Across employers and industries, we have heard stories about the value young people bring to the workplace. Employers in manufacturing cited the need for serious hand-eye coordination and reported positive experiences with young people filling these roles. Others cited the benefit of having youth in their companies who can use evolving technologies. For others, especially firms that need a lot of entry-level employees, young workers are their lifeblood.
Youth Hold the Key: Building Your Workforce Today and in the Future focuses on the role that youth can play in helping employers meet some of their current and looming workforce challenges, and how companies can improve how they hire and retain youth. The findings are based on a recent survey of 350 employers, more than 80 interviews with employers and workforce experts conducted during 2014 by The Bridgespan Group and Bain & Company, as well as a review of published literature. Much of this work focused on the potential of the millions of young people—referred to here as “opportunity youth”—who are disconnected from both work and school, and lack a college degree, to address the needs of employers.
This paper highlights:
- The current and potential demand for workers under age 25 and the business rationales for hiring youth;
- Challenges experienced by employers in hiring and retaining young workers;
- Current employer efforts to address youth employment challenges and increase the pipeline of youth who can effectively fill job openings;
- The gaps between employer demand for talent and the supply of young workers; and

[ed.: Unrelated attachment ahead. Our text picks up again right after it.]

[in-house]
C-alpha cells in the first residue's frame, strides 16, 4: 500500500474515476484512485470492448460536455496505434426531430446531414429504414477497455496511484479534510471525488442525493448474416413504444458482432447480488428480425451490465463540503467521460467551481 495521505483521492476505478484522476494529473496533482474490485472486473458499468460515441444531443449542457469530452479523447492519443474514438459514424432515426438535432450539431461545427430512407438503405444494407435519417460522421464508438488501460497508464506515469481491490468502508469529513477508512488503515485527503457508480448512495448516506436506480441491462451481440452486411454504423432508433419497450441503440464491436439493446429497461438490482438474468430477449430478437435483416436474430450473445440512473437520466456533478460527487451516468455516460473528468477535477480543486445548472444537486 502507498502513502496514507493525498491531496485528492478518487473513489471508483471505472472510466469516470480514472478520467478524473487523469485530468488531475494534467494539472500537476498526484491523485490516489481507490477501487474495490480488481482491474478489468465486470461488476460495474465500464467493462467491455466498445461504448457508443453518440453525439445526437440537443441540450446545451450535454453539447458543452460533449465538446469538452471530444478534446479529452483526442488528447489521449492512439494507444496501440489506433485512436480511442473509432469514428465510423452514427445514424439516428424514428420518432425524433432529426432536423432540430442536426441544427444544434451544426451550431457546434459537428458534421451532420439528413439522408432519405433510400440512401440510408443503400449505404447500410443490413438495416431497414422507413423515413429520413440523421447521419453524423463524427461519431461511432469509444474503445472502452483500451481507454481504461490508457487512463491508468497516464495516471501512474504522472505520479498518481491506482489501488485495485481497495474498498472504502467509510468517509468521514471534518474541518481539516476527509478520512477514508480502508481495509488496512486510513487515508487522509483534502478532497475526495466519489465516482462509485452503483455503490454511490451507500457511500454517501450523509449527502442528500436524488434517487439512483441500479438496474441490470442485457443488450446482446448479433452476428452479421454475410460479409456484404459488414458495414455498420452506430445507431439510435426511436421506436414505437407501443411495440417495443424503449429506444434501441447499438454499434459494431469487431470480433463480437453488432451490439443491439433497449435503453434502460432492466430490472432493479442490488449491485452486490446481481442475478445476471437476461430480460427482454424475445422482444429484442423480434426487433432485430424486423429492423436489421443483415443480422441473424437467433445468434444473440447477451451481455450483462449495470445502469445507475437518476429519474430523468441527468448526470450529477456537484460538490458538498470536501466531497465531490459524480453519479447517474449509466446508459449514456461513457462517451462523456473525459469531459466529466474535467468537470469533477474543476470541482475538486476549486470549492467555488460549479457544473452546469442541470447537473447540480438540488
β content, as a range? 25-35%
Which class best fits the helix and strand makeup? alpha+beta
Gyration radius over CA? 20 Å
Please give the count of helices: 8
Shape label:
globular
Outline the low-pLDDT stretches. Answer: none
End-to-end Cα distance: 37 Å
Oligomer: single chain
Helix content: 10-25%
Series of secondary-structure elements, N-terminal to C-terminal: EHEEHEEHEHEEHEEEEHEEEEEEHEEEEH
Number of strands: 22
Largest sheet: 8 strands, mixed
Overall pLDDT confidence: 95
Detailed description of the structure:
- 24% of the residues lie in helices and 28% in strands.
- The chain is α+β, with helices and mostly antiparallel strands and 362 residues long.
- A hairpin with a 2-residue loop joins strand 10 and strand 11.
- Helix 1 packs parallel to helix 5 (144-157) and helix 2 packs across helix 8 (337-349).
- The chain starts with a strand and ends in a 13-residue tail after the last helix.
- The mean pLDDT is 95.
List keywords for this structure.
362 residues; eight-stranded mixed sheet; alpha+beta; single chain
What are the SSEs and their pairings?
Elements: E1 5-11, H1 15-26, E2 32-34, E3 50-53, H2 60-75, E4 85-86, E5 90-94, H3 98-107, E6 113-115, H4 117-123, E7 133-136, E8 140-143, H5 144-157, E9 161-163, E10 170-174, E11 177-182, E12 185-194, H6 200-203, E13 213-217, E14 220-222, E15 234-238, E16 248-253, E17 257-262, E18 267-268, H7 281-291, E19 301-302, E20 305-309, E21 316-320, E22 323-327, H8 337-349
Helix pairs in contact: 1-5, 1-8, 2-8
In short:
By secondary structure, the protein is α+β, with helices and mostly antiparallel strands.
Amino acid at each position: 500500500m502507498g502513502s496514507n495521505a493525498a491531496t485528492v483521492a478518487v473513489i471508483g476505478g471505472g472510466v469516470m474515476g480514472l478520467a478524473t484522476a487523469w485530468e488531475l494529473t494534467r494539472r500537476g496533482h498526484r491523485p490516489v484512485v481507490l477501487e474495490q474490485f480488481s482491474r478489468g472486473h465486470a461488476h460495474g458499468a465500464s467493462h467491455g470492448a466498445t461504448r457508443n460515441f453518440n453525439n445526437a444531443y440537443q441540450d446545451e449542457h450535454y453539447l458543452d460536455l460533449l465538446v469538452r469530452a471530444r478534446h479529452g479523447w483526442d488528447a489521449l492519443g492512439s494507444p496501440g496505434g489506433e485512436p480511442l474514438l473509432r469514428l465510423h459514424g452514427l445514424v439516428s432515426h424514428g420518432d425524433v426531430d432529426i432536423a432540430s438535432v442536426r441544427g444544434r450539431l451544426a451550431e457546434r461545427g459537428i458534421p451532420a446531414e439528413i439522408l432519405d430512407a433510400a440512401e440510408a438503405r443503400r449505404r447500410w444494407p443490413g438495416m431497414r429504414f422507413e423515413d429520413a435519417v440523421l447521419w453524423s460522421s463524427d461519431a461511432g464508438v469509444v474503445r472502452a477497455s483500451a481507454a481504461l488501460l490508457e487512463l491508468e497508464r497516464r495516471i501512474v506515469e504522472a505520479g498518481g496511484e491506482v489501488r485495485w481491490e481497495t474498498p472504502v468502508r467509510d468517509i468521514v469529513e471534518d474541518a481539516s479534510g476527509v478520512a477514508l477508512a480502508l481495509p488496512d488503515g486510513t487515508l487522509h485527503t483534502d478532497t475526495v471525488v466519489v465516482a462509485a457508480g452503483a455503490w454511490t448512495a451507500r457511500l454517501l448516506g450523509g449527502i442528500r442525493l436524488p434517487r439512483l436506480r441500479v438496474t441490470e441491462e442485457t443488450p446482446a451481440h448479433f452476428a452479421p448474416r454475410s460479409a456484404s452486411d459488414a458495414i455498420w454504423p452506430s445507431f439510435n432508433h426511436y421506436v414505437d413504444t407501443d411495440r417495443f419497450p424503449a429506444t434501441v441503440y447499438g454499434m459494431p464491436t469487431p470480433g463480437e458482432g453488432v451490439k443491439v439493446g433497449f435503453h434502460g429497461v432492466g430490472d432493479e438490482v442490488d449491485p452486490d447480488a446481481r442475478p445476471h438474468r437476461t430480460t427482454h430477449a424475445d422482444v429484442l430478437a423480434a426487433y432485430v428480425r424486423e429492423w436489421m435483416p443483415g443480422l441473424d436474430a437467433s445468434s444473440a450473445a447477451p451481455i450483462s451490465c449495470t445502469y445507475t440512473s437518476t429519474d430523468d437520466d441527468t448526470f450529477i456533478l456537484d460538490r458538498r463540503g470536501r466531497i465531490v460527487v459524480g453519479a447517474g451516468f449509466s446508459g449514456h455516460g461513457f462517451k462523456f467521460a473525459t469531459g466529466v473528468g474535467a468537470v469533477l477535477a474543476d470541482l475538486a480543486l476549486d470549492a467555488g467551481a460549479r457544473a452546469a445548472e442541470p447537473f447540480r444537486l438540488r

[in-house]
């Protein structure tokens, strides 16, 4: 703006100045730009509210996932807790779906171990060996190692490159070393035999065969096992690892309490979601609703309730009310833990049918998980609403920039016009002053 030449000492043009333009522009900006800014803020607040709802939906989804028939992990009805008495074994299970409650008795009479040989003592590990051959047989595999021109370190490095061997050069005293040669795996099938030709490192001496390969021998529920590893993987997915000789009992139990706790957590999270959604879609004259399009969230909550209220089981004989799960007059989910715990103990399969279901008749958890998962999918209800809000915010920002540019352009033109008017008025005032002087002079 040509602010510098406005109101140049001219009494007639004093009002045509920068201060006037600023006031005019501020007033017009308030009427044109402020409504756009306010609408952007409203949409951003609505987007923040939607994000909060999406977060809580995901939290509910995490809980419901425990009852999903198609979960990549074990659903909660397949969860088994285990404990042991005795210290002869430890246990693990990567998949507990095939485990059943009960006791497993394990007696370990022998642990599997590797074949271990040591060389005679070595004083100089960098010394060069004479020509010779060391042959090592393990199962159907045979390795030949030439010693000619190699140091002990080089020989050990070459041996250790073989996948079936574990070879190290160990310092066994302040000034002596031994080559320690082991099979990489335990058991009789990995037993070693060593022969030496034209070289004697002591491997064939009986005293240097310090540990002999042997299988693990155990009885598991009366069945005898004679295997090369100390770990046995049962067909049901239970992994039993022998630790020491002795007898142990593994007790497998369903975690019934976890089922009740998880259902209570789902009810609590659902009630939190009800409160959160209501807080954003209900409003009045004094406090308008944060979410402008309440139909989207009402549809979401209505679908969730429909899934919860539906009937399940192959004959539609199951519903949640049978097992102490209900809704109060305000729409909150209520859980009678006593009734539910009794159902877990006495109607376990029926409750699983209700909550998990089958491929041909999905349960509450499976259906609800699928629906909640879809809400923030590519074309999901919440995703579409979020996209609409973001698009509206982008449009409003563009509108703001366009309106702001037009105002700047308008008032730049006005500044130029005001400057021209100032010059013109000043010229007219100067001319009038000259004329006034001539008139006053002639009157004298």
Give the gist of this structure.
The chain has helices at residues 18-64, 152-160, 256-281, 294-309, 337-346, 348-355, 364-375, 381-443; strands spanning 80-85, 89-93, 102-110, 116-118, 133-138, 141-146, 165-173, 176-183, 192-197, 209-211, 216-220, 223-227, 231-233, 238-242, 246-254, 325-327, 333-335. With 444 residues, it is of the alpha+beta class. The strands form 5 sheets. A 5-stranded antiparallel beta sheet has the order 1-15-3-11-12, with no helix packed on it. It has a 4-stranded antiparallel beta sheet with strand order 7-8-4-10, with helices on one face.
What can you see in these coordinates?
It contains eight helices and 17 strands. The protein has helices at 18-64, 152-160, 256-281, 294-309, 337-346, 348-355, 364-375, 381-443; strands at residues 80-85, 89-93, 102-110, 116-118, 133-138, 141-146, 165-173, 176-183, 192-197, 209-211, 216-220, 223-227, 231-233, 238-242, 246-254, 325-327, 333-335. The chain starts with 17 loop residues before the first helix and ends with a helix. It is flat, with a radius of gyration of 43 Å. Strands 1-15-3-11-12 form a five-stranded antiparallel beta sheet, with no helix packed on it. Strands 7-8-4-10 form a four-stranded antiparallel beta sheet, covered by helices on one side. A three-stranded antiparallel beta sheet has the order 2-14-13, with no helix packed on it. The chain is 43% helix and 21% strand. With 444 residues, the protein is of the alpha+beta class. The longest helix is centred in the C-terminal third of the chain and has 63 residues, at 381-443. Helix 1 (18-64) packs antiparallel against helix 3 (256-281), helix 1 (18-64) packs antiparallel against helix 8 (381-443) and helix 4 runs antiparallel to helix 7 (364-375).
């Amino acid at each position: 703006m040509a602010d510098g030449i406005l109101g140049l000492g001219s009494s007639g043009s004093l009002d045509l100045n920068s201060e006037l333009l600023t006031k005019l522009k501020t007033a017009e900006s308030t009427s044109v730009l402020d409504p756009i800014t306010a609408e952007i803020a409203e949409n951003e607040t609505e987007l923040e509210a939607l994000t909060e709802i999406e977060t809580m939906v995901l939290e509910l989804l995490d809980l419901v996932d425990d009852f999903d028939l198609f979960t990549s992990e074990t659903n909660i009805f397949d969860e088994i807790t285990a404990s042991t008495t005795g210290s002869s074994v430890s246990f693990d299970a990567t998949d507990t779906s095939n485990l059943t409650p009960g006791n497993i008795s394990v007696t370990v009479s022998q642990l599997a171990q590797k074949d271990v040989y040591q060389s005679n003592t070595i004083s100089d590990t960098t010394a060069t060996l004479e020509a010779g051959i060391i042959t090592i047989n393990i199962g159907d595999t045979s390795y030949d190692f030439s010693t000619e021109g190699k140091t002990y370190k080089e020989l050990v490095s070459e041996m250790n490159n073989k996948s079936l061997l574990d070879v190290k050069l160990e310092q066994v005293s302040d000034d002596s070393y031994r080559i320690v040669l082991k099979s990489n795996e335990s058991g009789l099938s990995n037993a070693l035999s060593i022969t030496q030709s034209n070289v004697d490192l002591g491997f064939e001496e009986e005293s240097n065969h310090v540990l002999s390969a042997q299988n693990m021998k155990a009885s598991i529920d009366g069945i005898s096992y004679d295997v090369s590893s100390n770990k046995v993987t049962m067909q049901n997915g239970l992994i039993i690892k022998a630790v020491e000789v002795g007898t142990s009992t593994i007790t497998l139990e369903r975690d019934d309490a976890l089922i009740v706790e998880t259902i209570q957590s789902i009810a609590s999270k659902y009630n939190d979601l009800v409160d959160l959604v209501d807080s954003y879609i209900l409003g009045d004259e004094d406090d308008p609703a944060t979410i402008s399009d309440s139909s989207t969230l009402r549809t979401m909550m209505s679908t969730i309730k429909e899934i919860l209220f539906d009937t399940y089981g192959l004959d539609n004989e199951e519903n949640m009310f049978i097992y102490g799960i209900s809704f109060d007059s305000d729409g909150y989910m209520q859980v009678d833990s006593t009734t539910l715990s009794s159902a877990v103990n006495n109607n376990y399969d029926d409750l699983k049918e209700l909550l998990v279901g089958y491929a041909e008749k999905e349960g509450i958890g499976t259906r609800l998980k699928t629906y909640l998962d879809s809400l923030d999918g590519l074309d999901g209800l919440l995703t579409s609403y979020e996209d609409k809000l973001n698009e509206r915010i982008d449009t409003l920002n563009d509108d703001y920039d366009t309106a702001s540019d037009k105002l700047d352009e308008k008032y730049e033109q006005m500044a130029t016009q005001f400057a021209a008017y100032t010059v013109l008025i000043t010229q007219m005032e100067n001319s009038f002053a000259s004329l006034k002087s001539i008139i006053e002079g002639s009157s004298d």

- The potential for addressing youth employment challenges through changing practices and establishing broad-based partnerships among employers and others focused on systems change.
Any discussion of youth employment must acknowledge that there are currently too few jobs for young people, and even where actual or potential demand exists, there are real obstacles to matching young people to jobs. Despite an array of efforts by individual employers to hire young people, these efforts are not reaching the scale needed to significantly reduce youth unemployment nor meet the workforce needs of employers today.
But, we also recognize that youth are valuable sources of talent as employers look to fill millions of jobs today and in years to come. And employers have compelling business reasons to overcome barriers to hiring youth on their own or through working with partners. Meeting employer needs for talented entry level workers and young people’s needs for brighter futures will require innovative new approaches, tools, and partnerships—whether through collaborating with educational institutions, establishing workforce efforts built for scale, or piloting and investing in innovations focused on scalable solutions.